The decision stemmed from a 2017 ruling that found the county’s bail practices were unconstitutionally infringing on “equal protection rights against wealth-based discrimination and violating due process protections against pretrial detention.”
Under what Carter called a “landmark settlement,” judges agreed to no longer ask for cash bail as a release condition for most criminal defendants charged with misdemeanors. The agreement also included the installation of a monitor to oversee bail practices for the next seven years, public defense services for poor defendants, and data collection to allow the country to analyze its practices.
Officials with Harris County’s pretrial services division told The Appeal that under the new arrangements, about 85 percent of people charged with misdemeanors will be released pretrial without bail.
District Attorney Kim Ogg objected to the settlement, saying in an interview with Houston Public Media that she supports bail reform, “but this proposed settlement is not bail reform that adequately protects the public” because it doesn’t take into account anyone’s interests except the arrestee. Republican misdemeanor judges had also opposed the reforms, but the November 2018 election brought a new wave of Democratic judges and county officials who supported dismantling the county’s bail system.
In late August, the Fifth Circuit Court of Appeals upheld a lower court’s ruling that a New Orleans magistrate judge has a conflict of interest when he sets bail for criminal defendants because bail fees help fund court operations.
A district court judge ruled last year that the fines and fees system at Orleans Parish Criminal District Court is unconstitutional. Karakatsanis, whose group filed the lawsuit, called the district court judge’s ruling an unusually comprehensive decision limiting cash bail because it meticulously spells out all of the equal protection and due process principles that bail violates.
“Plaintiffs have been deprived of their fundamental right to pretrial liberty,” Judge Eldon E. Fallon wrote. Given that “deprivation of liberty requires a heightened standard,” he said, a judge has to prove that there is “clear and convincing evidence” that someone should be detained.
Under the order, arrestees must be given hearings with counsel before they can be detained pretrial. The judge, meanwhile, has to present findings that detention is absolutely necessary before holding someone.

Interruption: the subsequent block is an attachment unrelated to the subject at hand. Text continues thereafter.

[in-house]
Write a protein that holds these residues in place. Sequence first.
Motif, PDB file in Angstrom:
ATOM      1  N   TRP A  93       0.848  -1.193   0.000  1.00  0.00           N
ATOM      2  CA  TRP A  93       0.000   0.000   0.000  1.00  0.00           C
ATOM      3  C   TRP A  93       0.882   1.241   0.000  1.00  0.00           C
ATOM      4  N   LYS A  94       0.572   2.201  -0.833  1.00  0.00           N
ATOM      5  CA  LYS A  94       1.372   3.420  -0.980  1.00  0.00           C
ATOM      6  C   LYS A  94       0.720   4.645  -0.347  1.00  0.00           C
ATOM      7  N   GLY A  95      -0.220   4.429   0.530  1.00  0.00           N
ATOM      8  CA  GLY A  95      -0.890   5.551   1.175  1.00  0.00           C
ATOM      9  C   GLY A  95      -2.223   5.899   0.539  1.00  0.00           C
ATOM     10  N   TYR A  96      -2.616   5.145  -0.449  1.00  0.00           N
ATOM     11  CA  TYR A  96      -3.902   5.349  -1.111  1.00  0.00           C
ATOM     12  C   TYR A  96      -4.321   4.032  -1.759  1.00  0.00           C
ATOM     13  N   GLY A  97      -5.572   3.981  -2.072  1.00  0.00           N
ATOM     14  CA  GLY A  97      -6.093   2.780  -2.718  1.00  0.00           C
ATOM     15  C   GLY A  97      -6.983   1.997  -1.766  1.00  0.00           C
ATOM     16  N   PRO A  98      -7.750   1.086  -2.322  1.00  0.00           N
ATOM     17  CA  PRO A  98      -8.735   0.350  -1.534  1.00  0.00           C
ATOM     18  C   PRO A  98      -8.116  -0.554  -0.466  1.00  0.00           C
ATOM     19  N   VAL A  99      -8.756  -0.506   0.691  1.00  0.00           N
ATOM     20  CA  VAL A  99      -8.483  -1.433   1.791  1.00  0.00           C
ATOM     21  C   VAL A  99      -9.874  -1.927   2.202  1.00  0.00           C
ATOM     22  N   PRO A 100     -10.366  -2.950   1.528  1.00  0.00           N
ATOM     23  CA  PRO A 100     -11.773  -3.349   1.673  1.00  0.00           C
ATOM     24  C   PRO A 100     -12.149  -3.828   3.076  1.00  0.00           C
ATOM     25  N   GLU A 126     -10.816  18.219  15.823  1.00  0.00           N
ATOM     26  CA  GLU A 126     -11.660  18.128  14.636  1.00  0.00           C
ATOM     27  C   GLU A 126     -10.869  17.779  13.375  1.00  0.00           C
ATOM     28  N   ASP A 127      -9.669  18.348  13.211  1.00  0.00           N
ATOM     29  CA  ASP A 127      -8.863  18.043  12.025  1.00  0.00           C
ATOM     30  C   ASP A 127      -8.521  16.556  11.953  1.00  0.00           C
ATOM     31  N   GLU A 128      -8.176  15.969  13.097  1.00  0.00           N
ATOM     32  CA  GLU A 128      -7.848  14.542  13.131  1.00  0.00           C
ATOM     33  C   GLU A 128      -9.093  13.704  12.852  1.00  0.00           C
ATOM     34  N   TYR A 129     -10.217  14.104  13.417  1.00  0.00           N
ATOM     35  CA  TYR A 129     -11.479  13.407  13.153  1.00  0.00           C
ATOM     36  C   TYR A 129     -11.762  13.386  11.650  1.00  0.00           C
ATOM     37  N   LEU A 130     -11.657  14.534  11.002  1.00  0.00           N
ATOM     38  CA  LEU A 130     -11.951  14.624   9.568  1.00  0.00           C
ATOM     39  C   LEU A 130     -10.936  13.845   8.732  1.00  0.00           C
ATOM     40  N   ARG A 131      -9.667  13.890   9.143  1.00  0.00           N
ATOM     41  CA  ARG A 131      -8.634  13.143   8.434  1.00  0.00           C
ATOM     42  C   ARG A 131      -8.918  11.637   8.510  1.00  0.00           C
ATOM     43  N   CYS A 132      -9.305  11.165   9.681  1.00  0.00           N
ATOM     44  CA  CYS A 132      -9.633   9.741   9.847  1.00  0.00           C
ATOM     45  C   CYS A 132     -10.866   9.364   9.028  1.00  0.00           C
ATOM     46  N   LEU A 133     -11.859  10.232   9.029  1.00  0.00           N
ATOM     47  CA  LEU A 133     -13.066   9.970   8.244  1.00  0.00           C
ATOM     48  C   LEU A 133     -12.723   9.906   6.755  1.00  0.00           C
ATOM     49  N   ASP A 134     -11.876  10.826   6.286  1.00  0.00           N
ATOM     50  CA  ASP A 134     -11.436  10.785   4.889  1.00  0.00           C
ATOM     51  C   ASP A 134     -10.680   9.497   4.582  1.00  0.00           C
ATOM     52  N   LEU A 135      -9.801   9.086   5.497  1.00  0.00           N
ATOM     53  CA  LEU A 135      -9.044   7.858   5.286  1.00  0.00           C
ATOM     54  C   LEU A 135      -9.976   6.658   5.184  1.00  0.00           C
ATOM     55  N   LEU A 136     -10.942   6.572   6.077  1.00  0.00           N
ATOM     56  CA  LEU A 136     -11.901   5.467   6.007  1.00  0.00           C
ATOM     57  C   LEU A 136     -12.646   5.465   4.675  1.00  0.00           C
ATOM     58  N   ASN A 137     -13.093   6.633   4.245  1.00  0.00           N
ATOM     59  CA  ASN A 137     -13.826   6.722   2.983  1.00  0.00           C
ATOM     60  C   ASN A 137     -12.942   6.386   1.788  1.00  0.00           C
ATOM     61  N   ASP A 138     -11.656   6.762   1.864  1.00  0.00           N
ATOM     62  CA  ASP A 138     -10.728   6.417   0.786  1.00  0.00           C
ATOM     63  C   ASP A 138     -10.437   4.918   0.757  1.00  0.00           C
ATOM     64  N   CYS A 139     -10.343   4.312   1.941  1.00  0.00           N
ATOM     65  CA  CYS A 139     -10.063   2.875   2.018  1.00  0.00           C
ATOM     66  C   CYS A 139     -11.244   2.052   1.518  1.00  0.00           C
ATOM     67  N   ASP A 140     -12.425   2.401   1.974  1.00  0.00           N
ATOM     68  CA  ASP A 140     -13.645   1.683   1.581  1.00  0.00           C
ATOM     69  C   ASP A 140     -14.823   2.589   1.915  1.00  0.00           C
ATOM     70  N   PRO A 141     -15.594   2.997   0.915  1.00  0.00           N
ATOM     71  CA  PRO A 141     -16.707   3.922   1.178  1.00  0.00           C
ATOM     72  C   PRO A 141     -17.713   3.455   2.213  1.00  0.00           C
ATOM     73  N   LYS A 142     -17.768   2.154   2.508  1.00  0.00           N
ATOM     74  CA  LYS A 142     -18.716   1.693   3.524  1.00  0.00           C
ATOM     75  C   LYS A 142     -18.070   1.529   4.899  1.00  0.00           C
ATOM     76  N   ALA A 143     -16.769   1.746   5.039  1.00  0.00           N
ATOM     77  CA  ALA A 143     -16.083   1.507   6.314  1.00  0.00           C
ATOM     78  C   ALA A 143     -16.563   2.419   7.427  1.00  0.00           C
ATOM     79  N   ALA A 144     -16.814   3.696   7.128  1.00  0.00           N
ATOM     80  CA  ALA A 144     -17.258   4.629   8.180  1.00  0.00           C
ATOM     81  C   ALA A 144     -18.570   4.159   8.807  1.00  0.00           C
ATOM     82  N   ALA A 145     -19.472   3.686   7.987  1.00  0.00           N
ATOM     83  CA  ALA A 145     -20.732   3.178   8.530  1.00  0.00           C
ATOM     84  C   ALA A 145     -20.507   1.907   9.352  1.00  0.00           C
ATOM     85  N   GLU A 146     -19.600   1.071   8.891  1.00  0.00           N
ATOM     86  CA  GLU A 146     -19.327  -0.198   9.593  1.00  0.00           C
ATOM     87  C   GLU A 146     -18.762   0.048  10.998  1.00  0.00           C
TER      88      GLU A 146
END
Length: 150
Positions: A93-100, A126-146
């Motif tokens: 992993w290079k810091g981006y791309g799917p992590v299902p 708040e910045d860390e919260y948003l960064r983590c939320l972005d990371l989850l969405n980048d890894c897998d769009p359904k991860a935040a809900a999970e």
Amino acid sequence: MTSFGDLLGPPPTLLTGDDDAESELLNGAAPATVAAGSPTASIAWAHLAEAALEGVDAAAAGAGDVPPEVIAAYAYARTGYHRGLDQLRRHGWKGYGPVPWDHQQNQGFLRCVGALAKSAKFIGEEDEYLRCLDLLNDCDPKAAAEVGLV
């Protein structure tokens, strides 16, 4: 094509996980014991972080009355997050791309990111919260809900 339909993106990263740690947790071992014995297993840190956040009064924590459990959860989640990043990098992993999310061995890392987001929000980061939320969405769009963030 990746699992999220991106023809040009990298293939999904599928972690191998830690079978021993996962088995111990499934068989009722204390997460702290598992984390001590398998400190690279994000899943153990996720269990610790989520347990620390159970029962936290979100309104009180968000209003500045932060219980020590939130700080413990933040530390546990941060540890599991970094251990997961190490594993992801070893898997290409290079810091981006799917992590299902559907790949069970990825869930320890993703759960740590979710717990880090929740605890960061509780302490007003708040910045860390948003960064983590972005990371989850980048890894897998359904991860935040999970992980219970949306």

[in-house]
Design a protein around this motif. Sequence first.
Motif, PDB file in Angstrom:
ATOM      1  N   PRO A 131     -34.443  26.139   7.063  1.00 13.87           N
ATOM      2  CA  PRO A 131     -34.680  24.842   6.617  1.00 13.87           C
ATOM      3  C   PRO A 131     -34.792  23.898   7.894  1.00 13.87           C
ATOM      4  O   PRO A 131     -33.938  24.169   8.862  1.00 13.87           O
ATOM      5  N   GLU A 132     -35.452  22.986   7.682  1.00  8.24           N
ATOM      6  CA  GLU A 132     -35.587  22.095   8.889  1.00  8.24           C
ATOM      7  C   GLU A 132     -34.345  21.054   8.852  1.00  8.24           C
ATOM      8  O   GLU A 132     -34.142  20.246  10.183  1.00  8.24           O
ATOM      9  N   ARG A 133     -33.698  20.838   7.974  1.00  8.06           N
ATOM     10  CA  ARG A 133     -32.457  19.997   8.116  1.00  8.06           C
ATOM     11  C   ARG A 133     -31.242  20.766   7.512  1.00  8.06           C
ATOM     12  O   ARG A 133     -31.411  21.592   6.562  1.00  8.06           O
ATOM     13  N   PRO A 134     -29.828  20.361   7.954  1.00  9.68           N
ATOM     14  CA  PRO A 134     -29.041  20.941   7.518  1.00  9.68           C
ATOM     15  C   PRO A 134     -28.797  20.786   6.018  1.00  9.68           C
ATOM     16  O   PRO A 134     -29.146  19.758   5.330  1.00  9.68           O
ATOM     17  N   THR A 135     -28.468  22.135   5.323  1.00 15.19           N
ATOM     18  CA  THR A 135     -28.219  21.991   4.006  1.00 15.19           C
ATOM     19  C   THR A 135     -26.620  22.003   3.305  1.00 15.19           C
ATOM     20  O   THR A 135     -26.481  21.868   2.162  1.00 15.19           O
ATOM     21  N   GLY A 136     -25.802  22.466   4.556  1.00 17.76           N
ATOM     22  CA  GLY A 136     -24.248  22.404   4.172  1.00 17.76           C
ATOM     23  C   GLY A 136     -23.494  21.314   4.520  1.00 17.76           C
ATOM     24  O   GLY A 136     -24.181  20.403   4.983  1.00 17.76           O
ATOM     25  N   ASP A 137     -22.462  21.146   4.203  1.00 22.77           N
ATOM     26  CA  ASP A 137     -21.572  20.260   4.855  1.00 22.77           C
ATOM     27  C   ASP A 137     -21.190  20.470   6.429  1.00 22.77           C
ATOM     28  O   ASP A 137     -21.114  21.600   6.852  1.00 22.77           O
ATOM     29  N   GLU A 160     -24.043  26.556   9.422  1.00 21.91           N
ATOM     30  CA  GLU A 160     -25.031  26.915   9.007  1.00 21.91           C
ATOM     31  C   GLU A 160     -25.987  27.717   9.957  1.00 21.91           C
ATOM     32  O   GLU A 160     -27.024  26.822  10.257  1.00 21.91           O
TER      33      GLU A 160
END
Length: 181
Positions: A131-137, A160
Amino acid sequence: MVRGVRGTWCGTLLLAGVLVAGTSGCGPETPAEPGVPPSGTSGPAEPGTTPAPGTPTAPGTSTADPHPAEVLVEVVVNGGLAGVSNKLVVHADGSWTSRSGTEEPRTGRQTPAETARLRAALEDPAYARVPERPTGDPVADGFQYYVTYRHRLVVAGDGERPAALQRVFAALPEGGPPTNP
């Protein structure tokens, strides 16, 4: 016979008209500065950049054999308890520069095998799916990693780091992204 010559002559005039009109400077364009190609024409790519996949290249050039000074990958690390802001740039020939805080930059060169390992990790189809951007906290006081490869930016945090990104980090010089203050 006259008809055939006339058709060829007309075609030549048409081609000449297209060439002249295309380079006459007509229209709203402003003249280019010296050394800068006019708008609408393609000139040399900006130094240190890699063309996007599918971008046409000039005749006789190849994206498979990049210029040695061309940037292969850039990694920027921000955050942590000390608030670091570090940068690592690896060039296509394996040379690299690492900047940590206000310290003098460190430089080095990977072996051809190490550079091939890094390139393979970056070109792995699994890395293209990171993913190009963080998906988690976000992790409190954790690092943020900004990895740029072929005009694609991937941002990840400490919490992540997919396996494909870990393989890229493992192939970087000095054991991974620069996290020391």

Since the ruling, some judges in New Orleans’s criminal courthouse have stopped assessing bail on criminal defendants.
After the Fifth Circuit ruling, an attorney for Cantrell said he is considering whether to challenge the decision, arguing that state law mandates that Cantrell oversee the fund in which cash bail is collected.
In another major decision, a federal judge ruled in June that St. Louis jails cannot hold people pretrial simply because they cannot afford to post bail. The ruling applied both to current detainees, who received new detention hearings, and to any future arrestees going through the city’s legal system, who would get a hearing within 48 hours of their arrests.
Legal groups filed the lawsuit on behalf of arrestees who said judges didn’t consider whether they were financially able to meet their bail amounts. The median bond set in St. Louis is $25,000, according to the lawsuit, but the median income in the city is just over $38,000. One lead plaintiff, David Dixon, told The Appeal in February that he was appalled when a judge ordered him to pay $30,000 in cash.
“At first I thought it was a joke,” Dixon said. “It was impossible. Ain’t no way I can come up with $30,000, let alone $5,000.”
Robert Dierker, an associate city counselor, told The Appeal that his office opposed the ruling and asked for a stay, partly because it could result in the release of “several hundred people charged with very serious felonies.”
But the federal judge blasted city officials, saying in a hearing that she was “somewhat appalled” the city was not abiding by her order and urging the city to implement the changes immediately.